A couple of months ago I was fortunate enough to be invited to a small group session run by Stephen Brobst, CTO of Teradata. It was an interesting group of senior business and technology folks interested in joining in a dialogue around the concept of extreme data warehousing. Of course I fell in love with the idea as it was a great word and it had a strong X in the beginning. So this is the start of a group of posts in this area based on my observations and thoughts from this session.
So let’s start off as to what is meant by the term – extreme data warehousing. To me this is about the business and application issues and opportunties that can be addressed through the future vision of the possible. This is not to mean that what we are talking about is not possible. In every example the components of the solution are available today. It is about how the leverage of some of the trends in data warehousing can make these a reality from a cost and business point of view. The trends that are driving this are things like
- more data, moving faster
- new uses for data (new generation of information management)
- Strategic, Tactical and Operational Intelligence
- Storage evolution > 1Tb storage on one drive is available, BUT, Storage Increase does not equal increase in performance capacity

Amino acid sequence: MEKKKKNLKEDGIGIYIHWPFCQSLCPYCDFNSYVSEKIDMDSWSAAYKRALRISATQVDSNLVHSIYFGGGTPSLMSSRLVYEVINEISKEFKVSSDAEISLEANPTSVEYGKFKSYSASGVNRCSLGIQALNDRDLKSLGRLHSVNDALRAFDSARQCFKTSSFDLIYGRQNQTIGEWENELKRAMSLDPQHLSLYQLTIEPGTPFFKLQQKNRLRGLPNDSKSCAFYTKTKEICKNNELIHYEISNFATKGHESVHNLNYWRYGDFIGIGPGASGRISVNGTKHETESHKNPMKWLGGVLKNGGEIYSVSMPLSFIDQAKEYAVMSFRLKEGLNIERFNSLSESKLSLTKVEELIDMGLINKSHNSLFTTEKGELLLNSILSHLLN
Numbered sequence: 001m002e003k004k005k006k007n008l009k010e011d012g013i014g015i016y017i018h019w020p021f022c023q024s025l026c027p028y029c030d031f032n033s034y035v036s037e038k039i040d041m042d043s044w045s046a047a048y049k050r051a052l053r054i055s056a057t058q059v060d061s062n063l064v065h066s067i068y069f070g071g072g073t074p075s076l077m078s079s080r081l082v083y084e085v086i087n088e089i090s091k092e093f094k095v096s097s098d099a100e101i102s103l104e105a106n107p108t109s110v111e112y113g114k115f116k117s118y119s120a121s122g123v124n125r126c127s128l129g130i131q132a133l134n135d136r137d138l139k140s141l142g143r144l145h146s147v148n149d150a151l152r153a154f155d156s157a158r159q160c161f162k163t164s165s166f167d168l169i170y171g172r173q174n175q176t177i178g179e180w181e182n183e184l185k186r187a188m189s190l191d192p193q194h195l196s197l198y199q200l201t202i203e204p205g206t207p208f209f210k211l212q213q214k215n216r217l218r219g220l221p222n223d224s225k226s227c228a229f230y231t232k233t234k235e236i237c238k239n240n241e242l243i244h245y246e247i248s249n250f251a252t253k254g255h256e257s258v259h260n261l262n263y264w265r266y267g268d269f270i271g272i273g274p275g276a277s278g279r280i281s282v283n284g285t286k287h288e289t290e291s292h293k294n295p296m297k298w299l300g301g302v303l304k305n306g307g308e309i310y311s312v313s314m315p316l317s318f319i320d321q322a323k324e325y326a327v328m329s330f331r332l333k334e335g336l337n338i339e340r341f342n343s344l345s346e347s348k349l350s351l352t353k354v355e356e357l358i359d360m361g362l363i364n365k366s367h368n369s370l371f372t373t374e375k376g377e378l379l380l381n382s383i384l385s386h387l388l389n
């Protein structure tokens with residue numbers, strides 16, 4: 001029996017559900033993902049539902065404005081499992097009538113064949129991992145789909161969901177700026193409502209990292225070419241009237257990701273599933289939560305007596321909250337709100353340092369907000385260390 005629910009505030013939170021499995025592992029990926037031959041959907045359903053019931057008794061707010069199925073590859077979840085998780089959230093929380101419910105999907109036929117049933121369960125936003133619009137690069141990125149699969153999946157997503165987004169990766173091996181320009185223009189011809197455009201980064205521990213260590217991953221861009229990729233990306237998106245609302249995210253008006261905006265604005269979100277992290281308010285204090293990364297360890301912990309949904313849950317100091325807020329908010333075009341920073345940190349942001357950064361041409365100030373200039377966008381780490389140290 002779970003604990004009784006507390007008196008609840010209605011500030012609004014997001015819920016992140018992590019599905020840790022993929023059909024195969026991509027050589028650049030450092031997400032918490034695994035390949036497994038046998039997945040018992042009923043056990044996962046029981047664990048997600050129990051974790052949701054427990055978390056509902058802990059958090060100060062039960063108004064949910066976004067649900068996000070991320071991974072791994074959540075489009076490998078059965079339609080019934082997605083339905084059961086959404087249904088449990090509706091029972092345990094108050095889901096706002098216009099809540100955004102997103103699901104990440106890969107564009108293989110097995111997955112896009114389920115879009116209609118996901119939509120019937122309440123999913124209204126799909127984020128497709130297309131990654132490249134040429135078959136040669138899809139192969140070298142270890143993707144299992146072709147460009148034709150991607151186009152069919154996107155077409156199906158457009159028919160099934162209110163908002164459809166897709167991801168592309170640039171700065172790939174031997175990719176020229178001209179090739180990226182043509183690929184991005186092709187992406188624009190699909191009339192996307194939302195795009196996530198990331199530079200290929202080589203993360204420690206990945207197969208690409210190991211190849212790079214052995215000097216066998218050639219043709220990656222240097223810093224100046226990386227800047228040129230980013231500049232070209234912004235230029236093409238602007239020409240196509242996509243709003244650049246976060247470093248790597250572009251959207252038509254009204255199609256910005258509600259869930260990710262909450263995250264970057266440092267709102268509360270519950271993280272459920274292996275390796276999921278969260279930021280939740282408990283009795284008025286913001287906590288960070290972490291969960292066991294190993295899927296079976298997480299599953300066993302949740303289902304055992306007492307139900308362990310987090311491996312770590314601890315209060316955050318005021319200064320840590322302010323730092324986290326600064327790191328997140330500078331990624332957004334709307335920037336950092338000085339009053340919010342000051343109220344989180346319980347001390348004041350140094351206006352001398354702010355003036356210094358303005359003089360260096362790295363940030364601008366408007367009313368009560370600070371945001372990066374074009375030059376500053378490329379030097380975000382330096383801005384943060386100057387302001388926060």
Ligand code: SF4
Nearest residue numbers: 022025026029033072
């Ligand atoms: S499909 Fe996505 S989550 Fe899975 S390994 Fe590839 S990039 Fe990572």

- Massively Parallel Processing is increasing with the evolution of blade computing (grid)
- Virtual not vertical organizations – Nike
- Shift towards event based analytics
- Real-time Enterprise (driving process change – Walmart / Dell)
- Global Data Warehousing
- Enterprise technology both maturing and morphing into new immature but possibly valuable components (SOA)
- Customers expect more. More of everything, better pricing, better selection, better service. Both in and outside the organization.
So what are we talking about. What is extreme data warehousing? Well it is or can be…
- extreme performance – response in milliseconds
- extreme scalability
- meeting service oriented architecture demands,
- millions of users
- > petabytes of data – that’s a lot of info
- extreme availability – up all the time – eliminate planned and unplanned downtime
- extreme data freshness – as we move to active, service levels guarantee the freshness
- extreme comprehensiveness – if it’s not there then you don’t need it
- extreme integration – exploit all business relationships in the data
- extreme granularity
- atomic data becomes sub-atomic
- Call detail
records are no longer the detail, network packets may be once you move
to VoIP or IPtv.
- extreme business – speed to answering questions accelerates
- extreme agility – adding, integrating and delivering data is at the speed of business, not IT cycle time
So why do it?
If done, and integrated into your business processes this offers many
rewards both in revenue and cost control. We will use the examples to
follow to try and illustrate this.
What’s Stopping us?
- Business Justification – this is always hard no matter what you are
doing. With the number of project failures, this shift in mentality
becomes difficult. We can certainly help with that.
- Technical feasability – the technology exists, but can it be done cost effectively for the return on investment.
- Organizational Politics
- who owns
- controls it (governance)
- gets to use it
- changing the way we approach problems and processes
- Political issues – Privacy, consumer perception
Funnily enough technical feasability can be overcome, but the real issues are
- organizational change and mobility
- the creation and acceptance of the burning platform